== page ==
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Sorry, New York. The Hip-Hop Thrill Has Gone South to Rio PDF Print E-mail
2012 - March 2012
Written by Marcel Malachowski   
Tuesday, 27 March 2012 00:52

Flora Matos If you were ambling along the Copacabana beach, in Rio, in recent months, you could hear it many a time: The melody of "Who is ready to jump" by Suriname-born Dutch DJ Chuckie. Finest funk, mixed with raw bass beats and staccato sounds and at the top of the Brazil dance charts.

The rough sound of hip-hop in a danceable version has arrived at the Hot Spot Rio, too. And it finally gets the sensualidade, which had been missing in New York City in recent years.

Because of its multi-cultural influences Rio seems to be downright predestinated to become the international metropolis town of NuHip-Hop at the Soccer World Cup, happening in 2014.

The Baile Funk, once started in the favelas under the statue of Christ, the Redeemer, has for a long time become a big hit all over the world. And there is more than  Madonna and the famous photographer David LaChapelle and Krumping-artists using Rio as backdrop for their videos.

Away from the great pop scene there has been happening a lot in the field of Brazil hip-hop. A few years ago, São Paulo was the home of these styles, but now new hip-hop acts have sprung up like mushrooms in Rio. Some of their songs are like caipirinha for the ears - energetic, staggering, erotic.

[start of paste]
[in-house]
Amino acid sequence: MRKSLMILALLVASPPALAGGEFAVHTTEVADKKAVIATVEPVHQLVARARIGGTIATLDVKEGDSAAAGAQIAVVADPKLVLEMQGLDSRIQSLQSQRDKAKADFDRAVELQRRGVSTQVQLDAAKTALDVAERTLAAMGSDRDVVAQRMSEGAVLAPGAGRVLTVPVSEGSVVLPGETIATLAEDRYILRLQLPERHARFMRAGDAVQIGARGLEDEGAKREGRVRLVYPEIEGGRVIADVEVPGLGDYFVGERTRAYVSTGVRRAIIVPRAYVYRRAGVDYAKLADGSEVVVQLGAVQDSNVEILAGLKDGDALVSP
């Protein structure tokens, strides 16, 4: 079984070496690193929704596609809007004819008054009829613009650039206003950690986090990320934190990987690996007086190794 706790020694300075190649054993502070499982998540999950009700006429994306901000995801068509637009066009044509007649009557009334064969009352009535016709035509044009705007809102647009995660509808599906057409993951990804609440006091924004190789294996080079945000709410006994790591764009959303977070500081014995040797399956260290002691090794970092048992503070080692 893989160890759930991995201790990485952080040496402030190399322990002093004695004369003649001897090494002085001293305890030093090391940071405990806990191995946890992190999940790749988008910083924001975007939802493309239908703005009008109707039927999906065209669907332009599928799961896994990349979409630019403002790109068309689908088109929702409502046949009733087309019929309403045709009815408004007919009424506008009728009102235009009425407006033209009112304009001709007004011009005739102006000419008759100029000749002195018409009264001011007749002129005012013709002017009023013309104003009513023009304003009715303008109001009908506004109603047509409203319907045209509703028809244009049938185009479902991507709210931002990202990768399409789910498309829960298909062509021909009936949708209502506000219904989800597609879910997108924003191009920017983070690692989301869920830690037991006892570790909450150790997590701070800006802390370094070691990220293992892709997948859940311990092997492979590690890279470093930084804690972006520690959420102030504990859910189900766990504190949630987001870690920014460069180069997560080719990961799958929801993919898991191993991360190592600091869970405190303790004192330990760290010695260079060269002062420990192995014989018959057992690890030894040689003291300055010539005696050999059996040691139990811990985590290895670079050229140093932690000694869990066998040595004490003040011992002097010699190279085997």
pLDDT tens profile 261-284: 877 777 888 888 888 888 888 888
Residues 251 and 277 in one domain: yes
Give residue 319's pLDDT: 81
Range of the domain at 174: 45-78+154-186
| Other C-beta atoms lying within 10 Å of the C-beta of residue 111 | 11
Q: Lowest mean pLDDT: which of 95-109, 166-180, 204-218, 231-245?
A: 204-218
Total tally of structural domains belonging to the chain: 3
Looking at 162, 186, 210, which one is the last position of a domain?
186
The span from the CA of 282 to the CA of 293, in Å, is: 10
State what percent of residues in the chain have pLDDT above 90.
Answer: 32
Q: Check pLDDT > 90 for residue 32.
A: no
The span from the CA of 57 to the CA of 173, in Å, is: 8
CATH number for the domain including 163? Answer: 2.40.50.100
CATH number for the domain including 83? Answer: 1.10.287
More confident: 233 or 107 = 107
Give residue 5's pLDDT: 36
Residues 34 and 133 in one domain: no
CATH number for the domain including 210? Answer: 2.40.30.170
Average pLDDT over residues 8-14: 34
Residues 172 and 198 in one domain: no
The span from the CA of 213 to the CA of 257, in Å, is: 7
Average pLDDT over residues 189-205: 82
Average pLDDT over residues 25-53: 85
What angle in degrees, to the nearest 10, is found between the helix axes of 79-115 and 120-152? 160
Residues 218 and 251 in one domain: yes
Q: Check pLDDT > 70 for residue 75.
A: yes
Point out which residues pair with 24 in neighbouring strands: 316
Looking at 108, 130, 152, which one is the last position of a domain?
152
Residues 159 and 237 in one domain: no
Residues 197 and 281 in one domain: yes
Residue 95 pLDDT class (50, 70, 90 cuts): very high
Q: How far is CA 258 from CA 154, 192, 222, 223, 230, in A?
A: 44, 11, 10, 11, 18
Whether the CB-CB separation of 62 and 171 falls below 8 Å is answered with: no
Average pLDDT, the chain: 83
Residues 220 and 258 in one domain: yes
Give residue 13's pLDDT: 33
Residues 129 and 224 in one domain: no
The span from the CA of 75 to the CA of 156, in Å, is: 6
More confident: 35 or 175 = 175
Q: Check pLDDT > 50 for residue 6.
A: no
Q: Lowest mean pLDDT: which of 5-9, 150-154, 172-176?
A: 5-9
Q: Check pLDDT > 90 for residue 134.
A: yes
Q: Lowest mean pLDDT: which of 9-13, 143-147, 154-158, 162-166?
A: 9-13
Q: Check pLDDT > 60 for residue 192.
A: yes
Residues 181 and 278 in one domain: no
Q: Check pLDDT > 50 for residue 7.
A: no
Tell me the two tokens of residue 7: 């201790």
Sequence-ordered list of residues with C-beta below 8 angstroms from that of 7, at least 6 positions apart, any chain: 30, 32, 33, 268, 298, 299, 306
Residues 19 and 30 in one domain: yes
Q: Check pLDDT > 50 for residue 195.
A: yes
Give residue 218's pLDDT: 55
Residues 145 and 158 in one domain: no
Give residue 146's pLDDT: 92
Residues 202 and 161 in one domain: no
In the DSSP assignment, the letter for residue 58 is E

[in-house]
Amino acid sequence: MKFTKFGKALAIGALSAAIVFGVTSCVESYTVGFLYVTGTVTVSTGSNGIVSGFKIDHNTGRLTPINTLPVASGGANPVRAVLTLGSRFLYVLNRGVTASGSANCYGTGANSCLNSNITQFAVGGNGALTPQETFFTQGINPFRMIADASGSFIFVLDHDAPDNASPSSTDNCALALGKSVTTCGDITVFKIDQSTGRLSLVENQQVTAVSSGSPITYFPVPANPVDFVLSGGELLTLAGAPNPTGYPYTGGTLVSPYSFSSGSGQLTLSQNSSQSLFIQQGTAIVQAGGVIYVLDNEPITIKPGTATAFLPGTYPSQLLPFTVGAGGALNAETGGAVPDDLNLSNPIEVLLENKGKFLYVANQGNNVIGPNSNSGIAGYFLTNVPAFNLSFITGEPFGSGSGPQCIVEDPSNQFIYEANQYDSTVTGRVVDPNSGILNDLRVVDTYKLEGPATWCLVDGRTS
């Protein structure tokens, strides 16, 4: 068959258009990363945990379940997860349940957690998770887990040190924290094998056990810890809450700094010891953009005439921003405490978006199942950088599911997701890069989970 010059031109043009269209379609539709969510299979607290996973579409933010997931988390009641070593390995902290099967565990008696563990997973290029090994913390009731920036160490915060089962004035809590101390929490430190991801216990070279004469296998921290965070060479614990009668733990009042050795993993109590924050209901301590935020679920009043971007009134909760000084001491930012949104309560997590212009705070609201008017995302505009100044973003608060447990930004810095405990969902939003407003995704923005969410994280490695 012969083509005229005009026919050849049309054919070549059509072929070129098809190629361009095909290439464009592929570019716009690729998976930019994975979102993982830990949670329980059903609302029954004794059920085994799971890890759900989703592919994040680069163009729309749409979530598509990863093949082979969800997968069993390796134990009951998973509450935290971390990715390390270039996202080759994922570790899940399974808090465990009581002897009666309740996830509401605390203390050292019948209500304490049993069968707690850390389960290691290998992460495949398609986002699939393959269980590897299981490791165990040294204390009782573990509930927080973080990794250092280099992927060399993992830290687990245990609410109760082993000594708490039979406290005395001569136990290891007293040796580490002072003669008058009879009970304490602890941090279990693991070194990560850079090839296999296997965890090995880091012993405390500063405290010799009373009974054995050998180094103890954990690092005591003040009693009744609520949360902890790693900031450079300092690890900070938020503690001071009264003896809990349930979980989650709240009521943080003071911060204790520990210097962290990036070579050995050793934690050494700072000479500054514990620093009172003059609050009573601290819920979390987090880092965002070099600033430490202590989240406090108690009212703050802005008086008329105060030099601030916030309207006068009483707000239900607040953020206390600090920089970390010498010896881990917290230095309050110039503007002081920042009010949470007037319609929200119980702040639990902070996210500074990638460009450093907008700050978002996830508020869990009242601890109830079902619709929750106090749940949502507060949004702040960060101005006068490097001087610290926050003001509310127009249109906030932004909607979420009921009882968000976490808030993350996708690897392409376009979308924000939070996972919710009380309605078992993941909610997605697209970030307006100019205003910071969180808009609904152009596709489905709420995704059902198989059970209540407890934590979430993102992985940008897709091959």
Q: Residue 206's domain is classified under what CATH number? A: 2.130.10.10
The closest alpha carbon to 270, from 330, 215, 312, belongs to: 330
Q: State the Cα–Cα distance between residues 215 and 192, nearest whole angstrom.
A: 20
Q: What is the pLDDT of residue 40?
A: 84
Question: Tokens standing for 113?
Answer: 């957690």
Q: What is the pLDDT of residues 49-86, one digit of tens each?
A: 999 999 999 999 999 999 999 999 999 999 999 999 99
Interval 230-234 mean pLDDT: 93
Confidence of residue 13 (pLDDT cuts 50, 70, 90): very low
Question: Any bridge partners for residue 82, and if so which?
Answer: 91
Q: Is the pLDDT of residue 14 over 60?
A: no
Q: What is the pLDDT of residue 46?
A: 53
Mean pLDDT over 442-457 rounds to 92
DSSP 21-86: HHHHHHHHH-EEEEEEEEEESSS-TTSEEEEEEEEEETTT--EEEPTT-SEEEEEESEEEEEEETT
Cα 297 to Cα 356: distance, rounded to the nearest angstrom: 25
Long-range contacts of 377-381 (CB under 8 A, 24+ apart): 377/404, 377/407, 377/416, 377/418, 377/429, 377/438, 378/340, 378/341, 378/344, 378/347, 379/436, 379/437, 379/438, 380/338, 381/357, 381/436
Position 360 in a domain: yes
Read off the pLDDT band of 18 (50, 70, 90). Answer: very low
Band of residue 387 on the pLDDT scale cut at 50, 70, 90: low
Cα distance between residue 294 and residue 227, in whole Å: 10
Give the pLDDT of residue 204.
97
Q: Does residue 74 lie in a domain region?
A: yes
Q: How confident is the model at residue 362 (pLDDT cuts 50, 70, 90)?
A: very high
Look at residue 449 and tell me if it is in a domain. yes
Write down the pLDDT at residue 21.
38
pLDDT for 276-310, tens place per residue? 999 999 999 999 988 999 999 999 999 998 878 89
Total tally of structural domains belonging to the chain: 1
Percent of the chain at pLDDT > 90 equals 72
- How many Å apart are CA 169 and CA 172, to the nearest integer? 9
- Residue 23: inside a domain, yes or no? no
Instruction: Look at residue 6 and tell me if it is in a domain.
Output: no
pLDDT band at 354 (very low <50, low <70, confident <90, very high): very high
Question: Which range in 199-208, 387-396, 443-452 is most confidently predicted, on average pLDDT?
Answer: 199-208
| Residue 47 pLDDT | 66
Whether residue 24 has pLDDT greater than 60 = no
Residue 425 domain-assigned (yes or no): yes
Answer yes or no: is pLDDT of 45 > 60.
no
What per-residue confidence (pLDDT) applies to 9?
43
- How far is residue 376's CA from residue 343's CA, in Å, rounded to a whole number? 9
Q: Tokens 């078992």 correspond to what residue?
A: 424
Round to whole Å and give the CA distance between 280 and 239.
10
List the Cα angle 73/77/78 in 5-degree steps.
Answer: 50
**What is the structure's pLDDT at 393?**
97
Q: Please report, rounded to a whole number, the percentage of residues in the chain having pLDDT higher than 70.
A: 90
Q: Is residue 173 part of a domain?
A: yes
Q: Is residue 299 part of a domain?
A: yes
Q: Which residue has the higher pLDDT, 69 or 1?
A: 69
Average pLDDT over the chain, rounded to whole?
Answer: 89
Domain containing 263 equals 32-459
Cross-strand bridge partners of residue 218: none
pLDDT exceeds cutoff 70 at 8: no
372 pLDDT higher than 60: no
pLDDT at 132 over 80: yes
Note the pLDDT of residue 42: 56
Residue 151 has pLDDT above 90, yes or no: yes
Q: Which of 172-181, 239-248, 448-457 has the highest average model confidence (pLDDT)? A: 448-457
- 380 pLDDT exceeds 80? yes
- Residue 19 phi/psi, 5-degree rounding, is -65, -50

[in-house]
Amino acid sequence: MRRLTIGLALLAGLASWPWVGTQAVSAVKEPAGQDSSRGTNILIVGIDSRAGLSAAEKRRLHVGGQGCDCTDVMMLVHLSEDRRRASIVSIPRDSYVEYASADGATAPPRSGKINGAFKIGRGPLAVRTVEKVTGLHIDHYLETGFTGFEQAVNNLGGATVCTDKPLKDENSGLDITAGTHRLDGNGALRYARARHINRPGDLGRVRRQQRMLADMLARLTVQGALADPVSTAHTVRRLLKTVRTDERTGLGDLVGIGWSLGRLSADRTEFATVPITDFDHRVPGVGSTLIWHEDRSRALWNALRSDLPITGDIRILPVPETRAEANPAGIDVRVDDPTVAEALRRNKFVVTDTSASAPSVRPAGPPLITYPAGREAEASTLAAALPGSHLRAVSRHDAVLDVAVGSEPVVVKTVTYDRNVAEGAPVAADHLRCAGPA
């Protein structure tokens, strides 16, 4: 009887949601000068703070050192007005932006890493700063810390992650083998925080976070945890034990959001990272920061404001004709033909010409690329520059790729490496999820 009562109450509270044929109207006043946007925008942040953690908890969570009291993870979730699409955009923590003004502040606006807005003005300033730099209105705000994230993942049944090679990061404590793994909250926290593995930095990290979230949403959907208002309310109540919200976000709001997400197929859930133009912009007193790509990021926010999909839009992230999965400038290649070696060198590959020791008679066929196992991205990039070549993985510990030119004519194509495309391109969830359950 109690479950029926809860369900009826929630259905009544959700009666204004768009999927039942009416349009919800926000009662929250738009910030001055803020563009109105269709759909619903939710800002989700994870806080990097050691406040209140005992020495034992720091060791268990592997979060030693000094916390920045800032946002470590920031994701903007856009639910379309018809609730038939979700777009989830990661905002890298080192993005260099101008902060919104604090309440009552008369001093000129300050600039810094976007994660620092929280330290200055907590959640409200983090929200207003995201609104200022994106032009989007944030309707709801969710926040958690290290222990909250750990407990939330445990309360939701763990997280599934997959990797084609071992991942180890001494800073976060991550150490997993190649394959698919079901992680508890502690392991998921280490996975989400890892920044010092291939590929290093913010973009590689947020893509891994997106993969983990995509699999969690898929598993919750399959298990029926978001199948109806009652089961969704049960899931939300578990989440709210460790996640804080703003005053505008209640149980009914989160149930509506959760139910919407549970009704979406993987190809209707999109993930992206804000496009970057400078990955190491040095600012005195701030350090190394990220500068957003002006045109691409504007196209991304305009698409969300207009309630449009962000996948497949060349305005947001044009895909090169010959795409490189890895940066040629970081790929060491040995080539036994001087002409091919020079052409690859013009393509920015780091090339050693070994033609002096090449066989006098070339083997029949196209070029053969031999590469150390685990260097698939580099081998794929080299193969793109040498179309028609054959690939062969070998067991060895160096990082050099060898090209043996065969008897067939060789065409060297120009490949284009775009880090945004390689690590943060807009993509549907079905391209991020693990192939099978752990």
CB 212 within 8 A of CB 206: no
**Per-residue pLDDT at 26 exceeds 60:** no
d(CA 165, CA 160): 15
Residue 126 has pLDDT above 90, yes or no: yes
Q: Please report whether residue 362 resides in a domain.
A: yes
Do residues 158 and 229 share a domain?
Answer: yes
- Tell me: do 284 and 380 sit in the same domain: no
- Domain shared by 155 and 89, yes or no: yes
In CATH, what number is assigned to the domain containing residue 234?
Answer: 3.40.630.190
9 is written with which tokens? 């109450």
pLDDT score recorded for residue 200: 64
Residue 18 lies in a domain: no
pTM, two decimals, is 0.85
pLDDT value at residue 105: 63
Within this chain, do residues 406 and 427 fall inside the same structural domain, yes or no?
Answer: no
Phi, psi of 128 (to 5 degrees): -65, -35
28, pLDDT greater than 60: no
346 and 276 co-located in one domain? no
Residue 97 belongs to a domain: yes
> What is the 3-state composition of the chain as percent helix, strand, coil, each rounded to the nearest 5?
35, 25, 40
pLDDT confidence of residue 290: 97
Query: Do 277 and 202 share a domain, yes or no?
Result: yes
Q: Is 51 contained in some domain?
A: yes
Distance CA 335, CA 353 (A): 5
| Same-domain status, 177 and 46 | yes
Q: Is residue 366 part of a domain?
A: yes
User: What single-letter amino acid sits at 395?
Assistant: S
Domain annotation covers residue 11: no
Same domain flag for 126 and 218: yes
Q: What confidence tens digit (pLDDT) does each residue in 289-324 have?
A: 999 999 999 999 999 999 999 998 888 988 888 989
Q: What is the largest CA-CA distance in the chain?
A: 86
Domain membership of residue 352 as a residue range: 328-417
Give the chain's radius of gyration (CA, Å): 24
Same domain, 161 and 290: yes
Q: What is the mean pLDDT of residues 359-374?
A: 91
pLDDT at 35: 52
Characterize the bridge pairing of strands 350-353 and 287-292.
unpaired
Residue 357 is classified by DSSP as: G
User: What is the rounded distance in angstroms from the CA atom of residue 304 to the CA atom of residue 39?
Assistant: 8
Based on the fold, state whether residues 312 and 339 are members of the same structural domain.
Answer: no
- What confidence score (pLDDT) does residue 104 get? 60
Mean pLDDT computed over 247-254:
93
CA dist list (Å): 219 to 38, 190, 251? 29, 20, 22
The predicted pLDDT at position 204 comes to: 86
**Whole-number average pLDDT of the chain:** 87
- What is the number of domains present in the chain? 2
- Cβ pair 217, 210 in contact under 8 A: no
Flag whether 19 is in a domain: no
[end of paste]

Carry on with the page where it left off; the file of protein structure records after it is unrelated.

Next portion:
Emicida, with his musical experiments, is one of the most interesting artists - and one of the newest. His temperamental rhymes still keep the roots of the Funk Carioca and musically he reminds us of the US-old school-rap, which he makes exotic with ethnic finesse and bewitching rushing of the warm Atlantic Ocean.

Emicida, who likes to describe himself as an orixá, protected by nature deities like his forefathers in West Africa, muses about dim-dim (money), easygoing vagando (wandering), and chilling in the poor quebradas (hoods). But by doing this he does not become a Claquer of a dull gangsta-rap. His message is the message of a booming Brazil, not forgetting its youth.

And then we've got Flora Matos who radiates an elegant antidote against so much masculine nonchalance  - keeping in mind her Kollabo together with Emicida three years ago. She has been on tour through Europe already. She is the ageless mother of Brazil hip-hop.

As the daughter of musician Renato Matos, she has been popular in the scene for more than ten years already. At the age of 17 she started with rap-singing. She made her breakthrough into the mainstream by gaining the prize as the best female singer in 2006. Now she runs in heavy rotation also at MTV in Asia and Europe.

Rapper brasileira the soft way: Warm voice, smooth lyrics. Traditional samba meets European coolness of a sophisticated Brazil. Since Emicida sounds of the wild madness of Umbanda, Flora comes to terms with the stylish easy-going in Brasília, her hometown, or Santa Teresa and Gávea, in Rio.